Madissyn Fredericks, Licensed Professional Counselor, Symmetry Counseling
In today’s society, the pressure for young adults to be “perfect” seems to be far greater than ever before. With social media so heavily present in our lives, it is easy to get caught up in comparing ourselves to others or wondering how others perceive us. Many people begin to wonder if they are pretty enough, successful enough, smart enough, fit enough, or “liked” enough in the eyes of others. While some people use social media as inspiration to strive for “better”, others may find themselves feeling depressed, anxious, or even ashamed after frequently using social media. If they feel they did not live up to society’s unrealistic standards of perfection, they feel like a complete failure. It is popular belief that perfectionism is a strength and drives success, especially for young adults, but recent research says otherwise.
Perfectionism is defined by Thomas Curran and Andrew Hill (2017) as a combination of excessively high personal standards and overly critical self-evaluations. A recent study by these psychologists called “Perfectionism is Increasing Over Time” (2017) found supporting evidence indicating that most recent college students are reporting higher levels of socially prescribed perfectionism than previous generations. This means that recent college students feel that other people judge them harshly and consequently feel more pressure to embody perfection in order to feel worthy. Curran and Hill (2017) describe this aspect of perfectionism to be the most destructive; expectations of others can be devastating when one doesn’t meet these unrealistic standards.
This rise in perfectionism could be affecting mental health of young adults as there has been an increase in levels of depression, anxiety, and suicide among college students in recent years. Therefore, it is important to identify aspects of perfectionism early. If you have found yourself procrastinating turning in papers because they aren’t “perfect”, feel like you don’t have what it takes to be a successful professional because you got a “B” on an exam, or are looking at social media and feel like your accomplishments don’t matter because you didn’t get sufficient “likes” on your post, you may be experiencing some socially prescribed perfectionism. Other signs include being motivated by fear of failure rather than the pursuit of success or measuring your self-worth entirely in terms of accomplishment and feedback from others. It is easy to feel inadequate when stepping into a world where everyone else’s lives appear perfect and therefore desire to display the same perfection. However, it becomes harmful to our mental health when we are constantly striving to live up to other people’s unrealistic and demanding expectations. It is important to embrace your mistakes, learn from them, and remind yourself that no one’s life is “perfect,” despite appearances.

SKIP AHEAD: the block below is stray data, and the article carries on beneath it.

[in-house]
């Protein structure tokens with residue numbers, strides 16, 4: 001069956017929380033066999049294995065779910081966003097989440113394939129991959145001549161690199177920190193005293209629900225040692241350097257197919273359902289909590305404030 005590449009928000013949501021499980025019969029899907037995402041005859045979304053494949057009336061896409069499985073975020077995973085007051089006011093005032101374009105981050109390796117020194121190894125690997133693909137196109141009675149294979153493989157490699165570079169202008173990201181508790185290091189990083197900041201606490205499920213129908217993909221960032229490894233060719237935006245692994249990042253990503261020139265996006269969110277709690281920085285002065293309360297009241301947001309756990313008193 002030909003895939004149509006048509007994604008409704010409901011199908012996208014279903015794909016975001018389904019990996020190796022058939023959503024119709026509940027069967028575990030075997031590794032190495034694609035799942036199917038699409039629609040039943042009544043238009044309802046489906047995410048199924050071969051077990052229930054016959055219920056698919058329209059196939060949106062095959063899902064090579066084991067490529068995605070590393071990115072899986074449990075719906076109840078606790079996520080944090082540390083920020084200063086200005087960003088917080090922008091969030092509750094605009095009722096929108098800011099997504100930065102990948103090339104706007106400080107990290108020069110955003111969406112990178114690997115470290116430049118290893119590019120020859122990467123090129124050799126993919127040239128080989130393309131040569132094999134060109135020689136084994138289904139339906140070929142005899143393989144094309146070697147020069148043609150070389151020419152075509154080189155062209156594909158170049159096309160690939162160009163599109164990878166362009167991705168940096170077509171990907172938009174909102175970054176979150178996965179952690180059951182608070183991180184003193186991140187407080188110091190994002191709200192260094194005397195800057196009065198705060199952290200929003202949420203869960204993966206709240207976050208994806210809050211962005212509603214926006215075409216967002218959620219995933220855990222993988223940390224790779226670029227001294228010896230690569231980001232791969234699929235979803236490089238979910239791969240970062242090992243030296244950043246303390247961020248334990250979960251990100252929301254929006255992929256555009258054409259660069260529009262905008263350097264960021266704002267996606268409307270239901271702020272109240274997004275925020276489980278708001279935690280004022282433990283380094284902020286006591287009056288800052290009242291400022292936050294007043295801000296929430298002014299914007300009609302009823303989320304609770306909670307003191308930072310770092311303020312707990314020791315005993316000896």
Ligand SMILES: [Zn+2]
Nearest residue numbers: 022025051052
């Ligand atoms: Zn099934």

If you currently identify with some of these traits of perfectionism and would like some guidance, it may be useful to connect with a therapist. Contact Symmetry Counseling at 312-578-9990 to set up an appointment with one of our very skilled therapists today!